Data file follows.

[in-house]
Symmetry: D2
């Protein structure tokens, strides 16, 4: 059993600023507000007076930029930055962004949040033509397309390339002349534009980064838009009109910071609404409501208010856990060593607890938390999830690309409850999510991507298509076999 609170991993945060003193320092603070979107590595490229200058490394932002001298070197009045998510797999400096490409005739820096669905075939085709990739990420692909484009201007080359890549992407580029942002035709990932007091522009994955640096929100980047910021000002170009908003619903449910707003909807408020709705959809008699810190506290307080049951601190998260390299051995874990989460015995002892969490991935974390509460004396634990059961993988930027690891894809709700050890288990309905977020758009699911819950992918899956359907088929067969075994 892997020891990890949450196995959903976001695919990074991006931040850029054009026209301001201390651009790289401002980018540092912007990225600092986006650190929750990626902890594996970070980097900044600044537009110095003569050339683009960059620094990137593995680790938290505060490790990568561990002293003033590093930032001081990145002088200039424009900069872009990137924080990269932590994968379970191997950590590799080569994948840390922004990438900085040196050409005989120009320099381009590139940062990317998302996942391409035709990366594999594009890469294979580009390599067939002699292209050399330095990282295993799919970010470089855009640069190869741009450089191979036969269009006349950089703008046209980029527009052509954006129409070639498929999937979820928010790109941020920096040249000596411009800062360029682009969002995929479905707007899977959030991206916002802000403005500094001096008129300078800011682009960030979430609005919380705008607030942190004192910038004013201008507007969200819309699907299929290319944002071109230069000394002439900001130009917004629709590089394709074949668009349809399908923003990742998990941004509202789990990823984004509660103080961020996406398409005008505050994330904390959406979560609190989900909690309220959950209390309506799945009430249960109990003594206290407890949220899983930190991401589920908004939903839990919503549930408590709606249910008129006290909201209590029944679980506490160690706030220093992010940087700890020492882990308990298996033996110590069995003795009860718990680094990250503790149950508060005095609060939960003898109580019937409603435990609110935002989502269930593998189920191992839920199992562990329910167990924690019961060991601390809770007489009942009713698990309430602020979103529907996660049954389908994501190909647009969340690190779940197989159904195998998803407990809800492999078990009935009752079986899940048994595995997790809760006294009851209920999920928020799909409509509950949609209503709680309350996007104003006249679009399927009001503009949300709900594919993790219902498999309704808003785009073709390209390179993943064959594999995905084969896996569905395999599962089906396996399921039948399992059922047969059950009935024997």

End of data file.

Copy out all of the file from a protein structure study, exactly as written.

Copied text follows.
[in-house]
Symmetry: D2
């Protein structure tokens, strides 16, 4: 059993600023507000007076930029930055962004949040033509397309390339002349534009980064838009009109910071609404409501208010856990060593607890938390999830690309409850999510991507298509076999 609170991993945060003193320092603070979107590595490229200058490394932002001298070197009045998510797999400096490409005739820096669905075939085709990739990420692909484009201007080359890549992407580029942002035709990932007091522009994955640096929100980047910021000002170009908003619903449910707003909807408020709705959809008699810190506290307080049951601190998260390299051995874990989460015995002892969490991935974390509460004396634990059961993988930027690891894809709700050890288990309905977020758009699911819950992918899956359907088929067969075994 892997020891990890949450196995959903976001695919990074991006931040850029054009026209301001201390651009790289401002980018540092912007990225600092986006650190929750990626902890594996970070980097900044600044537009110095003569050339683009960059620094990137593995680790938290505060490790990568561990002293003033590093930032001081990145002088200039424009900069872009990137924080990269932590994968379970191997950590590799080569994948840390922004990438900085040196050409005989120009320099381009590139940062990317998302996942391409035709990366594999594009890469294979580009390599067939002699292209050399330095990282295993799919970010470089855009640069190869741009450089191979036969269009006349950089703008046209980029527009052509954006129409070639498929999937979820928010790109941020920096040249000596411009800062360029682009969002995929479905707007899977959030991206916002802000403005500094001096008129300078800011682009960030979430609005919380705008607030942190004192910038004013201008507007969200819309699907299929290319944002071109230069000394002439900001130009917004629709590089394709074949668009349809399908923003990742998990941004509202789990990823984004509660103080961020996406398409005008505050994330904390959406979560609190989900909690309220959950209390309506799945009430249960109990003594206290407890949220899983930190991401589920908004939903839990919503549930408590709606249910008129006290909201209590029944679980506490160690706030220093992010940087700890020492882990308990298996033996110590069995003795009860718990680094990250503790149950508060005095609060939960003898109580019937409603435990609110935002989502269930593998189920191992839920199992562990329910167990924690019961060991601390809770007489009942009713698990309430602020979103529907996660049954389908994501190909647009969340690190779940197989159904195998998803407990809800492999078990009935009752079986899940048994595995997790809760006294009851209920999920928020799909409509509950949609209503709680309350996007104003006249679009399927009001503009949300709900594919993790219902498999309704808003785009073709390209390179993943064959594999995905084969896996569905395999599962089906396996399921039948399992059922047969059950009935024997």